Thanks to lovely Aussie stylist Simone Haag (whose home you can snoop around here) I’ve stumbled across the rather wonderful Pigeon Toe Ceramics. The Portland-based company produce so many covetable porcelain pieces that it’s pretty hard to pick a favourite, but if I had to, it would be the stunningly simple but incredibly beautiful hanging kitchen baskets pictured directly below, which I spotted in Simone’s kitchen. WANT!
You may have noticed that I’ve been rather silent for the last month or so – sorry about that. Work and life have been pretty busy (blame Milan design week), and I find that when there’s a lot going on, the last thing I feel like doing when I get home is spending more time in front of a computer. In times like these, I tend to go a little off grid and become a bit anti-social, and I try to get outside as much as possible – it’s the only antidote to all those hours spent on a train or in an office. And when I’m not out wandering round the countryside, I’m either with family or I’m curled up at home trying to replenish depleted energy reserves…. both of which feel equally good for the soul. Here’s a few pics so you can see what I’ve been up to, but don’t expect anything exciting, it’s just not my style at the moment!
A little while back, after struggling with some skin concerns, I went for an acupuncture facial at boutique organic skincare store, beauty salon and complementary therapies clinic, Content in Marylebone. I can safely say that what I discovered there has changed my view on beauty products for life. I’ve never been a real makeup fiend but I’ve always been fascinated by all the new lotions and potions brought out every two minutes by the various big beauty brands. I can think of many an agonising trip to the John Lewis beauty hall, spending ages traipsing from counter to counter, wondering which particular serum has the right composition to banish my eye bags or erase those pesky fine lines. But no more! I have seen the light! Never again will I waste my money buying into the beauty industry myth… and never again will I cover my poor skin with chemicals when all it wants is to be cleansed, soothed and nourished.
Why the change of heart then? Well, the lovely Laura Jones – acupuncturist, facialist, organic beauty expert and reiki master – taught me a lot me about the skin and what it does and doesn’t like. She made me realise that my expensive, synthetic beauty regime was really a chemical assault that was actually stressing and disrupting my skin, rather than allowing it to cleanse and heal. She also explained that most skin concerns are vary rarely topical problems, and instead relate to imbalances inside your body – in my case, the digestive organs.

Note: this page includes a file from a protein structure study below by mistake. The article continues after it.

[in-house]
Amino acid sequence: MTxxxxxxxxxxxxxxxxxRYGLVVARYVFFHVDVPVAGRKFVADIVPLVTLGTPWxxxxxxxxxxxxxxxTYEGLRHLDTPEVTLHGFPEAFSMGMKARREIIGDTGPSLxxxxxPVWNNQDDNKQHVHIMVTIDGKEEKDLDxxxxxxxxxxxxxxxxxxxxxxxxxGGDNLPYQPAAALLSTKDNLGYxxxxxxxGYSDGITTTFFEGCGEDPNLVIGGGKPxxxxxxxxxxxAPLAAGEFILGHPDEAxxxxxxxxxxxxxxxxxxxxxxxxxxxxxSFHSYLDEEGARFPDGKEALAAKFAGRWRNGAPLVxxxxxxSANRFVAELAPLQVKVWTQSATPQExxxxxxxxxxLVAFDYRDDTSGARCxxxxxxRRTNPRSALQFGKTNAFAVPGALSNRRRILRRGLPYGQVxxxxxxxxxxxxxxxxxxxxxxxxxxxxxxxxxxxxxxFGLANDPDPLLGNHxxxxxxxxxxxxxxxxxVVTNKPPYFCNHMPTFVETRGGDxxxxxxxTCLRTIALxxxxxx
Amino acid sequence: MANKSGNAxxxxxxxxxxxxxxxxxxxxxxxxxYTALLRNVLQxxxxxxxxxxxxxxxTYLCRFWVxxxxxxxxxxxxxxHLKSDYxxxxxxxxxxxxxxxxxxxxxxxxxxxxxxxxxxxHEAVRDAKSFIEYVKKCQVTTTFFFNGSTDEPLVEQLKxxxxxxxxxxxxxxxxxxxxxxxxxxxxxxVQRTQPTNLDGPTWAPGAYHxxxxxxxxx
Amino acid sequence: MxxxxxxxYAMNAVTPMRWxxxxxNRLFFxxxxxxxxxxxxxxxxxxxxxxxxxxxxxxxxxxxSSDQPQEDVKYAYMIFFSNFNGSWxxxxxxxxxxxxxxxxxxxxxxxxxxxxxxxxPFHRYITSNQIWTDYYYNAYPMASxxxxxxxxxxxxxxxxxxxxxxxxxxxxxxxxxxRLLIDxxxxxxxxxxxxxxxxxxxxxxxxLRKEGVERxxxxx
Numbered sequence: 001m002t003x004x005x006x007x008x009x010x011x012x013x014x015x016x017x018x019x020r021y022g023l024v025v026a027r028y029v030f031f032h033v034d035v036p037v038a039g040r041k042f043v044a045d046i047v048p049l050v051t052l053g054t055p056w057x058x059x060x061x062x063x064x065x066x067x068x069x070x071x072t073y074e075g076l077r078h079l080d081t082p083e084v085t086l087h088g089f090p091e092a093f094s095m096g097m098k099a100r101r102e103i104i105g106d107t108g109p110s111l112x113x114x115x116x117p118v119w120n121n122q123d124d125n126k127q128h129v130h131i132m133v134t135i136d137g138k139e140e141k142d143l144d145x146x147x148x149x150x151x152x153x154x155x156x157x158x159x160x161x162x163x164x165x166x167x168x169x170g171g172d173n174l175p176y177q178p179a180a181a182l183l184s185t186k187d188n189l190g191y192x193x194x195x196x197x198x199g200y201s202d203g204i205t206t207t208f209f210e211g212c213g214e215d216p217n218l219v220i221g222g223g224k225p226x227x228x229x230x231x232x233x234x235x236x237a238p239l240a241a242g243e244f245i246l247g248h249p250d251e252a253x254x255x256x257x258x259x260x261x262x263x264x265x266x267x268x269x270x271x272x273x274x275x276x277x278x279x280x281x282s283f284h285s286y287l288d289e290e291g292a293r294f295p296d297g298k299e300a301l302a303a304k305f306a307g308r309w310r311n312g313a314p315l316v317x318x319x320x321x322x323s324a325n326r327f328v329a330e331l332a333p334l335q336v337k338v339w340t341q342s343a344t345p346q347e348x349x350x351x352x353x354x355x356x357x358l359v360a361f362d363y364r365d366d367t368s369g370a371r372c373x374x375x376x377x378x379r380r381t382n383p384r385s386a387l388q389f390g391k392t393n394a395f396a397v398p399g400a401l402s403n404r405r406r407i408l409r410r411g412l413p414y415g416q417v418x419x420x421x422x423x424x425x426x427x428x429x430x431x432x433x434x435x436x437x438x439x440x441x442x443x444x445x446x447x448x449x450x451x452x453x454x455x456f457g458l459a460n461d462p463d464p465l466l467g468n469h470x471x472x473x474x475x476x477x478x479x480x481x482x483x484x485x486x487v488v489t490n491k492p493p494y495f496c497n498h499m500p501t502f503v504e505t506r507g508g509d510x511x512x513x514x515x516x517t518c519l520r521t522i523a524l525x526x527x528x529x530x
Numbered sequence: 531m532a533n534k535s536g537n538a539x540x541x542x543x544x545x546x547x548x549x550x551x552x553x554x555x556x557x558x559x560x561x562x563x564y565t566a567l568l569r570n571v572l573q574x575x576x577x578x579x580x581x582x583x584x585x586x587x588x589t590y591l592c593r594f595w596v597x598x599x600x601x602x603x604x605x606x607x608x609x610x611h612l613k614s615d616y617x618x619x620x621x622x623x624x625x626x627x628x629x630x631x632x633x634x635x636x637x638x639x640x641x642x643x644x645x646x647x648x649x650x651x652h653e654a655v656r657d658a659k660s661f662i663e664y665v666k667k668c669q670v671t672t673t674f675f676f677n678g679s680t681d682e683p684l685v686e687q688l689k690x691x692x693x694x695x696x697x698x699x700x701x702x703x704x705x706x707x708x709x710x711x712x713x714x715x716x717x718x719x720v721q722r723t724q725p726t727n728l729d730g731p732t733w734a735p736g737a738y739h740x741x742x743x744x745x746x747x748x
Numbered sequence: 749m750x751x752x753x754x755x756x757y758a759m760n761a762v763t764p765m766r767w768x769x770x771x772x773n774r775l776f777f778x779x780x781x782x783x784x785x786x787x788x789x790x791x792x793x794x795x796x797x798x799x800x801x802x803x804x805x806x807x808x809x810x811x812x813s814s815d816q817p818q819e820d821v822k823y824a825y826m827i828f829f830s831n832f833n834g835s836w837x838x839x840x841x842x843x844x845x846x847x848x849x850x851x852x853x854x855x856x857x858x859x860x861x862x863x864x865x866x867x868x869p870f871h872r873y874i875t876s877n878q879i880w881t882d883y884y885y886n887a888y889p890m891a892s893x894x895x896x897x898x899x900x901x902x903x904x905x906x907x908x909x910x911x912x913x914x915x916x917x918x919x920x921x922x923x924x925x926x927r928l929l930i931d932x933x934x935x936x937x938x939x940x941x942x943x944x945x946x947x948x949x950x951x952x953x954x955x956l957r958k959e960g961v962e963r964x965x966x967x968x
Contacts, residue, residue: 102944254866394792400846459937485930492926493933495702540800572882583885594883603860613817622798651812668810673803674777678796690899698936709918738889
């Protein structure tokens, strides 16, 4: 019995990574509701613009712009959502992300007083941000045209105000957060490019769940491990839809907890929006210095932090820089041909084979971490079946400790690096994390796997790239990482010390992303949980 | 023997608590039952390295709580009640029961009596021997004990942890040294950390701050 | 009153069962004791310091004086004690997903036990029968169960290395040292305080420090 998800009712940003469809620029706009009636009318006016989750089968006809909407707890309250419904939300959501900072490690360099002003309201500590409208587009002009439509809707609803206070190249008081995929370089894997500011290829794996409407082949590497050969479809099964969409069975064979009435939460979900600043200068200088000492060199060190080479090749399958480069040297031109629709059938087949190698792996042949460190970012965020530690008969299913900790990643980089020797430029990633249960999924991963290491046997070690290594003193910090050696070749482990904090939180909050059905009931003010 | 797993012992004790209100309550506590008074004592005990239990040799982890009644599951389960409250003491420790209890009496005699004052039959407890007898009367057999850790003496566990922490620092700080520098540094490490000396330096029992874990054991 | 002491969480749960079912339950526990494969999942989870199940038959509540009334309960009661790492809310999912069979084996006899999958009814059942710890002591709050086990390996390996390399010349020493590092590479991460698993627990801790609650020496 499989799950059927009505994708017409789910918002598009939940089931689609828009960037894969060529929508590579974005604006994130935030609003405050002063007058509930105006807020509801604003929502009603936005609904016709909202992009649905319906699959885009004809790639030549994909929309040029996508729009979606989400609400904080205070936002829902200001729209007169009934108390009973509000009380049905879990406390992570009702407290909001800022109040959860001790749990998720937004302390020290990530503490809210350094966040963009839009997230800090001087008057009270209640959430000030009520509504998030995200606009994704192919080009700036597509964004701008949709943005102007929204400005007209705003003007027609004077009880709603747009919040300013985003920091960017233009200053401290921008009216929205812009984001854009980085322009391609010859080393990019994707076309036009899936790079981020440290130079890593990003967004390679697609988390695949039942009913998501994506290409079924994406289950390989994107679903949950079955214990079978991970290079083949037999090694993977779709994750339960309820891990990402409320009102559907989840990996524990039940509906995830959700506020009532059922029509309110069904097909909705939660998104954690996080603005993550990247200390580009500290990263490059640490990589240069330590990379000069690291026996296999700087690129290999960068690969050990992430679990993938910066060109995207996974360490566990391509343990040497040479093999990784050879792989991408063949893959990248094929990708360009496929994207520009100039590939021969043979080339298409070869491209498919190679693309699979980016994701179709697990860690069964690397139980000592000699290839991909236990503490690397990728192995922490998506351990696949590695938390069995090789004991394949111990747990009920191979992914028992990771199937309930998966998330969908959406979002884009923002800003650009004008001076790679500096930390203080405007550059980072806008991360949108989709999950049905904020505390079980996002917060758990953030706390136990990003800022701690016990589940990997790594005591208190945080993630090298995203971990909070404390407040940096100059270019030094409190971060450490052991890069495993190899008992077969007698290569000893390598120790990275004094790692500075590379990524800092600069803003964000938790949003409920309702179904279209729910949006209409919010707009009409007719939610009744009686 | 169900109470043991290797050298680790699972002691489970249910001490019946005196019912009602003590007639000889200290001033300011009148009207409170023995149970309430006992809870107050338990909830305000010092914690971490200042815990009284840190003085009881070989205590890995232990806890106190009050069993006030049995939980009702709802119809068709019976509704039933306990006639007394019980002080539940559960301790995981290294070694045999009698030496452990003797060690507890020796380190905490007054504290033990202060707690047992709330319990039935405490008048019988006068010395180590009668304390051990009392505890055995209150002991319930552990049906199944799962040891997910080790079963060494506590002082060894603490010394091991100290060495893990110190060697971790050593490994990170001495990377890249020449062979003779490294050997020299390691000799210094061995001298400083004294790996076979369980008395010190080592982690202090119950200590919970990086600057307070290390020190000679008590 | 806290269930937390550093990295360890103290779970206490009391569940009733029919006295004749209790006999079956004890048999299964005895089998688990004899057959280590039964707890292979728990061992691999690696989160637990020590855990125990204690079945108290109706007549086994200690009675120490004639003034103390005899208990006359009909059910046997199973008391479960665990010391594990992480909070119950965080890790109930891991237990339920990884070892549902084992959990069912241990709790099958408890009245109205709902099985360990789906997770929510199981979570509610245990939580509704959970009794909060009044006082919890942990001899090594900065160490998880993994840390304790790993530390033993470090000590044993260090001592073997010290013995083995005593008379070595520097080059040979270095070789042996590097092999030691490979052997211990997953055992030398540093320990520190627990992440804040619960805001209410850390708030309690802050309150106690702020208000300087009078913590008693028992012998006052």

Anyway, what I learnt from Laura in the treatment room, and from the lovely, knowledgeable staff on the shop floor, has been invaluable. Cleaning the crap out of my medicine cupboard and replacing it with a few select organic beauty staples was such a joyous moment. And incredibly freeing. Never again will I look at an advert for the latest miracle beauty product and think ‘Ooh! Do I need that?!! Will that stop me getting wrinkles? Will that cure my crow’s feet?!’. Because I know that, even if it will (which is highly unlikely), I don’t want it. Not only are those products expensive, they’re also harsh and over-hyped. Think about it, if natural foods can do so much good for your insides, why shouldn’t natural products do the same for your face?
Intrigued? Well if you’re interested in ditching the chemicals and switching to natural, here are some tips from Content founder, Imelda Burke to get your started…
1) Loose the Lipstick – If you wear lipstick then you are eating it every day so there is no better place to start your update. Think about how much mineral oil and synthetic colour there is in each tube, how long it lasts you, and how much you have eaten over your lifetime. Switch to an organic lipstick from brands such as ILIA, ILIA, RMS Beauty or Vapour Cosmetics.
2) Switch Scents – Most people use perfume once a day, others much more often. Switching to an organic perfume from a brand such as the LA-based Strange Invisible Perfumes or the ParisianHonore Des Pres is a great way to avoid spraying fixatives and synthetic fragrance on yourself every day. Organic perfumes use a mixture of essential oils and absolutes to create base notes that last, and should be made from organic alcohol if an EDP or just lovely oils.